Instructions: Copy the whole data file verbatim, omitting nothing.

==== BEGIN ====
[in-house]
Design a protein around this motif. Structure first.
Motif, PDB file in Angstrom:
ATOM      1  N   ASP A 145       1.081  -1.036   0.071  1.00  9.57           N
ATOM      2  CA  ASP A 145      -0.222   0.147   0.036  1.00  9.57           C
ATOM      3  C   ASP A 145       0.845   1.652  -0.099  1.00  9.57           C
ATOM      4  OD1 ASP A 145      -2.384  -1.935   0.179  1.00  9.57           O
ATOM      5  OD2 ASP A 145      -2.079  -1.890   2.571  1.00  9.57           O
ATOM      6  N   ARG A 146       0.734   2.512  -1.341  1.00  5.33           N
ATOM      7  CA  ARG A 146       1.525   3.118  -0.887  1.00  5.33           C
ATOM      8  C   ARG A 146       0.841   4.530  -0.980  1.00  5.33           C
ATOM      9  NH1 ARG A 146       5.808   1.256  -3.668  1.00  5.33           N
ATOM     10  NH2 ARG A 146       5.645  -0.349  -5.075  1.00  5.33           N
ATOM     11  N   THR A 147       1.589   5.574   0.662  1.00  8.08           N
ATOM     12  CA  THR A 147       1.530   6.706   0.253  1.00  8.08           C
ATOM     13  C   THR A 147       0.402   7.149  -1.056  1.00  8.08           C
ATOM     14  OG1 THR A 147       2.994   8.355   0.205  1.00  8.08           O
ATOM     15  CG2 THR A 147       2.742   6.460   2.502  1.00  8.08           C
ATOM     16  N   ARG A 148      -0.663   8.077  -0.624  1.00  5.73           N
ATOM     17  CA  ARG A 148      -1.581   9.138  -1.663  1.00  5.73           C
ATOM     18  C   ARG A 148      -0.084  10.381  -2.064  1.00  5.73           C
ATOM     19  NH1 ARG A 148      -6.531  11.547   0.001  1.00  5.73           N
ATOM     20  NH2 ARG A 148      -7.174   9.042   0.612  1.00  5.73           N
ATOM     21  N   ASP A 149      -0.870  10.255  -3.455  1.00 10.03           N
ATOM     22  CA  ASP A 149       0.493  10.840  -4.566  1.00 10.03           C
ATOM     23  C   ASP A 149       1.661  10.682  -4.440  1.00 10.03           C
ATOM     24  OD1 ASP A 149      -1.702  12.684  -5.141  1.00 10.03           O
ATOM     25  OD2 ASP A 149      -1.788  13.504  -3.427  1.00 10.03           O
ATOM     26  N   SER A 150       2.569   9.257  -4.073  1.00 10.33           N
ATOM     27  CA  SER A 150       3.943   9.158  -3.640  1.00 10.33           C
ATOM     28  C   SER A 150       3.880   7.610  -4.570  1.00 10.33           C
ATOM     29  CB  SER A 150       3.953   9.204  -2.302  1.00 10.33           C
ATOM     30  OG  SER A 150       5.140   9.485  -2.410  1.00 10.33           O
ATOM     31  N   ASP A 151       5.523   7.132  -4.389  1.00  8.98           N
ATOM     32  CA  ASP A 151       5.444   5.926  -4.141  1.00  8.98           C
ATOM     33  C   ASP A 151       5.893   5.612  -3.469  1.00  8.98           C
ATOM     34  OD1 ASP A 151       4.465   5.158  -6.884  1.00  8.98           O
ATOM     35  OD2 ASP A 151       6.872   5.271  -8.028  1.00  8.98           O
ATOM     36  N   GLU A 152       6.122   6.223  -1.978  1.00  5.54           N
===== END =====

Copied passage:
[in-house]
Design a protein around this motif. Structure first.
Motif, PDB file in Angstrom:
ATOM      1  N   ASP A 145       1.081  -1.036   0.071  1.00  9.57           N
ATOM      2  CA  ASP A 145      -0.222   0.147   0.036  1.00  9.57           C
ATOM      3  C   ASP A 145       0.845   1.652  -0.099  1.00  9.57           C
ATOM      4  OD1 ASP A 145      -2.384  -1.935   0.179  1.00  9.57           O
ATOM      5  OD2 ASP A 145      -2.079  -1.890   2.571  1.00  9.57           O
ATOM      6  N   ARG A 146       0.734   2.512  -1.341  1.00  5.33           N
ATOM      7  CA  ARG A 146       1.525   3.118  -0.887  1.00  5.33           C
ATOM      8  C   ARG A 146       0.841   4.530  -0.980  1.00  5.33           C
ATOM      9  NH1 ARG A 146       5.808   1.256  -3.668  1.00  5.33           N
ATOM     10  NH2 ARG A 146       5.645  -0.349  -5.075  1.00  5.33           N
ATOM     11  N   THR A 147       1.589   5.574   0.662  1.00  8.08           N
ATOM     12  CA  THR A 147       1.530   6.706   0.253  1.00  8.08           C
ATOM     13  C   THR A 147       0.402   7.149  -1.056  1.00  8.08           C
ATOM     14  OG1 THR A 147       2.994   8.355   0.205  1.00  8.08           O
ATOM     15  CG2 THR A 147       2.742   6.460   2.502  1.00  8.08           C
ATOM     16  N   ARG A 148      -0.663   8.077  -0.624  1.00  5.73           N
ATOM     17  CA  ARG A 148      -1.581   9.138  -1.663  1.00  5.73           C
ATOM     18  C   ARG A 148      -0.084  10.381  -2.064  1.00  5.73           C
ATOM     19  NH1 ARG A 148      -6.531  11.547   0.001  1.00  5.73           N
ATOM     20  NH2 ARG A 148      -7.174   9.042   0.612  1.00  5.73           N
ATOM     21  N   ASP A 149      -0.870  10.255  -3.455  1.00 10.03           N
ATOM     22  CA  ASP A 149       0.493  10.840  -4.566  1.00 10.03           C
ATOM     23  C   ASP A 149       1.661  10.682  -4.440  1.00 10.03           C
ATOM     24  OD1 ASP A 149      -1.702  12.684  -5.141  1.00 10.03           O
ATOM     25  OD2 ASP A 149      -1.788  13.504  -3.427  1.00 10.03           O
ATOM     26  N   SER A 150       2.569   9.257  -4.073  1.00 10.33           N
ATOM     27  CA  SER A 150       3.943   9.158  -3.640  1.00 10.33           C
ATOM     28  C   SER A 150       3.880   7.610  -4.570  1.00 10.33           C
ATOM     29  CB  SER A 150       3.953   9.204  -2.302  1.00 10.33           C
ATOM     30  OG  SER A 150       5.140   9.485  -2.410  1.00 10.33           O
ATOM     31  N   ASP A 151       5.523   7.132  -4.389  1.00  8.98           N
ATOM     32  CA  ASP A 151       5.444   5.926  -4.141  1.00  8.98           C
ATOM     33  C   ASP A 151       5.893   5.612  -3.469  1.00  8.98           C
ATOM     34  OD1 ASP A 151       4.465   5.158  -6.884  1.00  8.98           O
ATOM     35  OD2 ASP A 151       6.872   5.271  -8.028  1.00  8.98           O
ATOM     36  N   GLU A 152       6.122   6.223  -1.978  1.00  5.54           N